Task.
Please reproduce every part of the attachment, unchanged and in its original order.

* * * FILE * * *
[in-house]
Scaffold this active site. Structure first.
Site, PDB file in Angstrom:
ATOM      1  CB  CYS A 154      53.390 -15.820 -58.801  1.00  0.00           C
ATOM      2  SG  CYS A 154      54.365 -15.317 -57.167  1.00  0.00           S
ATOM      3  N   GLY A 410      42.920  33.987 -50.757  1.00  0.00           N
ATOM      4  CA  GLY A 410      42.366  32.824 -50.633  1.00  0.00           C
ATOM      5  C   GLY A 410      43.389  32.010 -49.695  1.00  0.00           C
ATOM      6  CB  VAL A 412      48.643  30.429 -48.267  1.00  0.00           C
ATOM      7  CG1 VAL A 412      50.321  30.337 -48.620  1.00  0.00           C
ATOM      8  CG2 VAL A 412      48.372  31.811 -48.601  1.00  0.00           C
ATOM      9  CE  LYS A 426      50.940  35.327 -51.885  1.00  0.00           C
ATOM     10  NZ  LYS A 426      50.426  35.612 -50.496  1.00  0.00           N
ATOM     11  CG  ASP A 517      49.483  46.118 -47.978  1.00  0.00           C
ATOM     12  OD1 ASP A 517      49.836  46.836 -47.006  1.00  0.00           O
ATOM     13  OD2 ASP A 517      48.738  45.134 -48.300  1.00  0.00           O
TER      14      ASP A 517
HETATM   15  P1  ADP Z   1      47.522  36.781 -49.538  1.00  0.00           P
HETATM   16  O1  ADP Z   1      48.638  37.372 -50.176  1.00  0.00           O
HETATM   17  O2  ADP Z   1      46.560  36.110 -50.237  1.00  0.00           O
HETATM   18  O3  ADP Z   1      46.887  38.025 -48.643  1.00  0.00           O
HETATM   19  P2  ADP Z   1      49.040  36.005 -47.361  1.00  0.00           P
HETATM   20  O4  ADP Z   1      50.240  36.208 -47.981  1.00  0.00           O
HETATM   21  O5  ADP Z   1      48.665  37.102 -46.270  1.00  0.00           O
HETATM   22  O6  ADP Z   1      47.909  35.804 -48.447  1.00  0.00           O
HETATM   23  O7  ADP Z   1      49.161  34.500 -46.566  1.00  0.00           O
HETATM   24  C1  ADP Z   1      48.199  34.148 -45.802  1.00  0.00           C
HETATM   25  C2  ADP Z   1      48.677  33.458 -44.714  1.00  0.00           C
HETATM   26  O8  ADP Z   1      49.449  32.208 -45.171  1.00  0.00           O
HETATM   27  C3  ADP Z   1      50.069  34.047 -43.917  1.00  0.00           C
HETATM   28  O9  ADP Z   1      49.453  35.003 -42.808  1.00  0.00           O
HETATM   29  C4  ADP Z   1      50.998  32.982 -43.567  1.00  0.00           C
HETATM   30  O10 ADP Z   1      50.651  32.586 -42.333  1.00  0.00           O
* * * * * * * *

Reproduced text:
[in-house]
Scaffold this active site. Structure first.
Site, PDB file in Angstrom:
ATOM      1  CB  CYS A 154      53.390 -15.820 -58.801  1.00  0.00           C
ATOM      2  SG  CYS A 154      54.365 -15.317 -57.167  1.00  0.00           S
ATOM      3  N   GLY A 410      42.920  33.987 -50.757  1.00  0.00           N
ATOM      4  CA  GLY A 410      42.366  32.824 -50.633  1.00  0.00           C
ATOM      5  C   GLY A 410      43.389  32.010 -49.695  1.00  0.00           C
ATOM      6  CB  VAL A 412      48.643  30.429 -48.267  1.00  0.00           C
ATOM      7  CG1 VAL A 412      50.321  30.337 -48.620  1.00  0.00           C
ATOM      8  CG2 VAL A 412      48.372  31.811 -48.601  1.00  0.00           C
ATOM      9  CE  LYS A 426      50.940  35.327 -51.885  1.00  0.00           C
ATOM     10  NZ  LYS A 426      50.426  35.612 -50.496  1.00  0.00           N
ATOM     11  CG  ASP A 517      49.483  46.118 -47.978  1.00  0.00           C
ATOM     12  OD1 ASP A 517      49.836  46.836 -47.006  1.00  0.00           O
ATOM     13  OD2 ASP A 517      48.738  45.134 -48.300  1.00  0.00           O
TER      14      ASP A 517
HETATM   15  P1  ADP Z   1      47.522  36.781 -49.538  1.00  0.00           P
HETATM   16  O1  ADP Z   1      48.638  37.372 -50.176  1.00  0.00           O
HETATM   17  O2  ADP Z   1      46.560  36.110 -50.237  1.00  0.00           O
HETATM   18  O3  ADP Z   1      46.887  38.025 -48.643  1.00  0.00           O
HETATM   19  P2  ADP Z   1      49.040  36.005 -47.361  1.00  0.00           P
HETATM   20  O4  ADP Z   1      50.240  36.208 -47.981  1.00  0.00           O
HETATM   21  O5  ADP Z   1      48.665  37.102 -46.270  1.00  0.00           O
HETATM   22  O6  ADP Z   1      47.909  35.804 -48.447  1.00  0.00           O
HETATM   23  O7  ADP Z   1      49.161  34.500 -46.566  1.00  0.00           O
HETATM   24  C1  ADP Z   1      48.199  34.148 -45.802  1.00  0.00           C
HETATM   25  C2  ADP Z   1      48.677  33.458 -44.714  1.00  0.00           C
HETATM   26  O8  ADP Z   1      49.449  32.208 -45.171  1.00  0.00           O
HETATM   27  C3  ADP Z   1      50.069  34.047 -43.917  1.00  0.00           C
HETATM   28  O9  ADP Z   1      49.453  35.003 -42.808  1.00  0.00           O
HETATM   29  C4  ADP Z   1      50.998  32.982 -43.567  1.00  0.00           C
HETATM   30  O10 ADP Z   1      50.651  32.586 -42.333  1.00  0.00           O